Calling the Jubilee

“It may well be that we will have to repent in this generation. Not merely for the vitriolic words and the violent actions of the bad people, but for the appalling silence and indifference of the good people who sit around and say, “Wait on time.” – Martin Luther King

Several years ago I sat with my good friend Yvonne Coghill having dinner. We talked about many things. It was night of deep conversation, much laughter and real energy. Yvonne then told me something that shocked me. She explained that across the NHS when you go up the structure people like her – black people and people from minority communities – start to disappear. The top was all white. Yvonne explained all the evidence shows that this occurs all over our health systems. Yvonne also explained there was good work going on to change this. I was deeply disturbed and that night said I wanted to do something to support this change. On the way home my mind reeled with thoughts. ‘Why should people be excluded for their skin?’, ‘Why does a service based on need exclude the talents and gifts of people from minority communities?’ and ‘This is so wrong and yet I had never heard about it anywhere before.’ Over the weeks and months later I shared the picture with others. Some knew  – most did not. People in other statutory services also started to share with me that the picture was identical in their structures too.

Last week NHS England published the WRES ( Workforce Race Equality Standard ) which Yvonne, Roger Kline and other good people had worked so tirelessly on. The WRES looks at NHS services and trusts and records the experiences of people from BME communities. The WRES is a barometer to tell us where we are. I believe there are two fundamental tasks that flow from the WRES.

The first is that we name the shame. In the last few years more and more people have learnt the fact that BME people are often excluded and receive poor treatment. We need to accept and own this shame. We shouldn’t deny it or appeal to the ‘wait for a better time’ that Dr King warned us about. Neither must we use this shame to beat ourselves up but as a light to see and create the future. A torch rather than a whip.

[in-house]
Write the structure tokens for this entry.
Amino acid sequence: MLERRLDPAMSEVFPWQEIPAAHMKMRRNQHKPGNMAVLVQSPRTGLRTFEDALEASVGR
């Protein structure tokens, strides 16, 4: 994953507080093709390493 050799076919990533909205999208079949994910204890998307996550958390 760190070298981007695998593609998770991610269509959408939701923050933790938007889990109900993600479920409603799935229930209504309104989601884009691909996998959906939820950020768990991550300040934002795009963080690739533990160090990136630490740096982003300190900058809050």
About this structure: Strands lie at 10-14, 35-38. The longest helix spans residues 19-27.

The second is we must change the game.There is something in our systems that is working to perpetuate and sustain these differentials of shame and injustice. I am not sure what they all are. Some are probably deep seated, hidden and self perpetuating. I do know we need to work for alternative dynamics and energies that offer new paradigms for people excluded and feeling excluded. The WRES is a support for these two much needed aspects to emerge and embed.

The ancient Hebrews used to have a practice of Jubilee. Every 49th or 50th year something amazing happened. The year started with a ram’s horn been blown ( the horn is called a shofar ). All debts were cancelled and slaves were freed. If a man in debt sold his land to escape poverty it was returned to him. The idea was that in this year liberty and reversal of misfortune would happen. Maybe the NHS needs a Jubilee of its own. For the bullying of staff to stop, for families and carers to be fully listened to and included, for staff to look after themselves and each other, for care for patients to be primary, to embrace and support social care as our sister, teacher and equal and to build positively with our great third sector colleagues. And for BME staff to be fully included in all levels of our service and not just be included but feel valued. That is why I support the WRES. It is a sign of what we can be – Jubilee people. People who see and act when we view something so wrong. The quote by Martin Luther King is from his work ‘A Testament of Hope.’ Maybe that word ‘hope’ sums up why Yvonne, Roger and so many more are there working and struggling for these shifts for justice and equity. They are people who work for positive change and sow seeds of hope. I am honored to stand with them.

John Walsh


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